|| Checking for direct PDF access through Ovid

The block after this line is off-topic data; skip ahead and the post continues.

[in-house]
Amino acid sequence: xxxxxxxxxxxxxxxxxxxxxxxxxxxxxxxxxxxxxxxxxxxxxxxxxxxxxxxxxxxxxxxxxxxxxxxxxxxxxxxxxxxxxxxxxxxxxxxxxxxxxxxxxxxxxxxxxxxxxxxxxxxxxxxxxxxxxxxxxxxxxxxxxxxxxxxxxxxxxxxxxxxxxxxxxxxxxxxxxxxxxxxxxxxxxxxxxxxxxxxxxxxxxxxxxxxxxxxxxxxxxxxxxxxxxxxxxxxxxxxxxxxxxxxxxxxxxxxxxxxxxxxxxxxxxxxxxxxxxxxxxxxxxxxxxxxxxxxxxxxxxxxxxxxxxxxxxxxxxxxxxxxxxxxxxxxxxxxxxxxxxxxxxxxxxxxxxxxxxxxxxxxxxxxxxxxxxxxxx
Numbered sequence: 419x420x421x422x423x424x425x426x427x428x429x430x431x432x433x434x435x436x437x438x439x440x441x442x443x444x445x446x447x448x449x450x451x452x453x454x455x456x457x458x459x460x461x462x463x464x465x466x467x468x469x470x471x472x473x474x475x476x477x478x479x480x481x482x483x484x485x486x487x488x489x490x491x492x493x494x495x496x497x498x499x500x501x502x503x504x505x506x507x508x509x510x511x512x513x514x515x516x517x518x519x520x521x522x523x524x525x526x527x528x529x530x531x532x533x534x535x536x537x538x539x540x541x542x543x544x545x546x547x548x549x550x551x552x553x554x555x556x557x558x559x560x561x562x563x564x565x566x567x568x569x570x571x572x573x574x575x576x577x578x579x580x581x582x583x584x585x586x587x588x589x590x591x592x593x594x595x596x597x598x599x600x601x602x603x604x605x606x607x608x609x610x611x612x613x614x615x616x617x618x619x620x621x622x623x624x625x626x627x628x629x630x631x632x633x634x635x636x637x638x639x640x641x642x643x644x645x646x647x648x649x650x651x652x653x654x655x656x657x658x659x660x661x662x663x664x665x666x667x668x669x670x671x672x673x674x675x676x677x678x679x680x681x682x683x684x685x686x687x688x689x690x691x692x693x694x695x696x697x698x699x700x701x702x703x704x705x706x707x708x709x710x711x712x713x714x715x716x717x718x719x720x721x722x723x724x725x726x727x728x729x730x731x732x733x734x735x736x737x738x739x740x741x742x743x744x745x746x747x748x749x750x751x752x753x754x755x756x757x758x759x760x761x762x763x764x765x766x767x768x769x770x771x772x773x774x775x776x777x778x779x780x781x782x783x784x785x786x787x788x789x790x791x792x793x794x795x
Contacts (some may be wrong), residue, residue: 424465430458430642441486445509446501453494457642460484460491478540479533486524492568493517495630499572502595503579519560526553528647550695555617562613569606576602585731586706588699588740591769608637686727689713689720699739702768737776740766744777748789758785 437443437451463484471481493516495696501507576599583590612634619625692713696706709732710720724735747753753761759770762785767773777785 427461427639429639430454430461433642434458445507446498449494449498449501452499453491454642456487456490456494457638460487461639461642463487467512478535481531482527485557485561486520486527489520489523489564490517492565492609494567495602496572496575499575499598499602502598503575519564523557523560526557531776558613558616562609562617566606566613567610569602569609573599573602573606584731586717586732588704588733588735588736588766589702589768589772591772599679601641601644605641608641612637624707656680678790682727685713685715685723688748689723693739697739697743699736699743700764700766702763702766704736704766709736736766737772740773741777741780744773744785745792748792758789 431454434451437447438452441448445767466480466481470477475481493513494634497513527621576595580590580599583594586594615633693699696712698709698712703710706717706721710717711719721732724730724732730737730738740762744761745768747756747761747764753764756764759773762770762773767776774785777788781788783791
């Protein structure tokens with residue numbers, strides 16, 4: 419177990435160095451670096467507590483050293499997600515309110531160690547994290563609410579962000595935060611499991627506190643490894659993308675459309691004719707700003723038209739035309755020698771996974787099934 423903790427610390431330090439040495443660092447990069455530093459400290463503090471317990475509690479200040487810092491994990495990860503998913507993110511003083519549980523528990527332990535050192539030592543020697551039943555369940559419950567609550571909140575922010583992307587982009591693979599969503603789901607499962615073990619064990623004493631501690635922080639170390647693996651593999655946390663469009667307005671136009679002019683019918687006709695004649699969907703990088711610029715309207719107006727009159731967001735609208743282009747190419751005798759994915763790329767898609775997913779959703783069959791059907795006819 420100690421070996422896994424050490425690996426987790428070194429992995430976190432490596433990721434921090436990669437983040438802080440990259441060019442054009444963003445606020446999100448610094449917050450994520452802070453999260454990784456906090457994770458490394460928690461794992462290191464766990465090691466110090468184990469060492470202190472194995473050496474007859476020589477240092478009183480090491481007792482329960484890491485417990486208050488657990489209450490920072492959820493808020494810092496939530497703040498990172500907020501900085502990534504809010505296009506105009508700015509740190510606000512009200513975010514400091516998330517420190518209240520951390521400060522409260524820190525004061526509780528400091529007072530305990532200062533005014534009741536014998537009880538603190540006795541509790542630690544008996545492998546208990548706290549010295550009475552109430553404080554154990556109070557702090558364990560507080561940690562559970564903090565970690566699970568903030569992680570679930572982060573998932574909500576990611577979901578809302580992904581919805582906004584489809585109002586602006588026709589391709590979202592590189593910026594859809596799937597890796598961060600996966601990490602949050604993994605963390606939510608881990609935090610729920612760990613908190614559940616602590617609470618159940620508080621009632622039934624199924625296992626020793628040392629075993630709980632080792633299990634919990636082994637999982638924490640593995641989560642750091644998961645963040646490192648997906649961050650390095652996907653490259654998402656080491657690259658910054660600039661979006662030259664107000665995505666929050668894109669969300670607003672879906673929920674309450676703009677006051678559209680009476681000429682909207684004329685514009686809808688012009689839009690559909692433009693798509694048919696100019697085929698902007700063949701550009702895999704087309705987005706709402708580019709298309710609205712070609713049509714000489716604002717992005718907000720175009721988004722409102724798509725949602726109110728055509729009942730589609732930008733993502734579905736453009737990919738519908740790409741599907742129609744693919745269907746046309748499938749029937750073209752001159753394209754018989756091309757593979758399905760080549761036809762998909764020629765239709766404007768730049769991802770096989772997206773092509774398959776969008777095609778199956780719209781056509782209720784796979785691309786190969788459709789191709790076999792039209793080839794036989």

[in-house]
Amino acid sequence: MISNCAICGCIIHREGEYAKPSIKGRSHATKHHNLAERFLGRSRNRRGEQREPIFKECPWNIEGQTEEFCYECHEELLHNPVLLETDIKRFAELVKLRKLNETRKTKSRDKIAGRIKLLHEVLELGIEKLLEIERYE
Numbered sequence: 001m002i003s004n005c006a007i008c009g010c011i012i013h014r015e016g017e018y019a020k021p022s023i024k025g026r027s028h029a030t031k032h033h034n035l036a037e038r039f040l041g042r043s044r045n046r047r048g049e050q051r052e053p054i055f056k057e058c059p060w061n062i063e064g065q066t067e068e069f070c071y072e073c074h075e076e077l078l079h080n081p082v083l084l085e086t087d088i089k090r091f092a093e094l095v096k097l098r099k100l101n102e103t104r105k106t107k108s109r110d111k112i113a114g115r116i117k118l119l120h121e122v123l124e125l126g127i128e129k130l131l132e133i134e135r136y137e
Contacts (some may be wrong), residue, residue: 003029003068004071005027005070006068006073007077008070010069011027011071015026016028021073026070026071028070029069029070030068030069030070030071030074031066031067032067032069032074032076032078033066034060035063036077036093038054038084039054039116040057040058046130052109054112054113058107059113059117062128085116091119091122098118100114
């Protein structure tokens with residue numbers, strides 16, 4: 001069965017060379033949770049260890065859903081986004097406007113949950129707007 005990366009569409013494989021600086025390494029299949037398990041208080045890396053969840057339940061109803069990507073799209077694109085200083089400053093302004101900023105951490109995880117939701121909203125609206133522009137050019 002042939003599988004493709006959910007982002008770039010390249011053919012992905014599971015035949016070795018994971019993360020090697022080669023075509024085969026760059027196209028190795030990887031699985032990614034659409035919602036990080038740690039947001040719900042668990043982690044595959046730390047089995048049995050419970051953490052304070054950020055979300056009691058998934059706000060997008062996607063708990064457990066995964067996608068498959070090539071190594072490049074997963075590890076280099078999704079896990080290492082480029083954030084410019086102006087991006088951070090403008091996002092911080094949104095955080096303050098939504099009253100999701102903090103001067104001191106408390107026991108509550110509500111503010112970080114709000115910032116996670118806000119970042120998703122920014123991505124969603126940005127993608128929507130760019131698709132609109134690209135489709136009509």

PARP inhibitors combined with DNA-damage inducing cytostatic agents can lead to effective tumor therapy. However, inhibition of poly(ADP-ribose) polymerase (PARP-1; EC 220.127.116.11) induces the activation of PI-3-kinase-Akt pathway, which can counteract the effectiveness of this therapy. To understand the role of Akt activation in the combined use of cytostatic agent and PARP inhibition, we used taxol (paclitaxel) as an antineoplastic agent, which targets microtubules and up-regulates mitochondrial ROS production, together with (i) pharmacological inhibition (PJ-34), (ii) siRNA knock-down and (iii) transdominant expression of the DNA binding domain of PARP-1. In all cases, PARP-1 inhibition leads to suppressed poly-ADP-ribosylation of nuclear proteins, prevention of NAD+ depletion and significant resistance against taxol induced caspase-3 activation and apoptotic cell death. Paclitaxel induced a moderate increase in Akt activation, which was significantly augmented by PARP inhibition, suggesting that PARP inhibition-induced Akt activation could be responsible for the cytostatic resistance. When activation of the PI-3-kinase-Akt pathway was prevented by LY-294002 or Akt Inhibitor IV, the cytoprotective effect of PARP inhibition was significantly diminished showing that the activation of PI-3-kinase-Akt cascade had significantly contributed to the cytostatic resistance. Our study demonstrates that drug-induced drug resistance can be responsible for the reduced efficacy of antitumor treatment. Although inhibition of PARP-1 can promote cell death in tumor cells by the inhibition of DNA repair, PARP-inhibition promoted activation of the PI-3-kinase-Akt pathway can counteract this facilitating effect, and can cause cytostatic resistance. We suggest augmenting PARP inhibition by the inhibition of the PI-3-kinase-Akt pathway for antitumor therapy.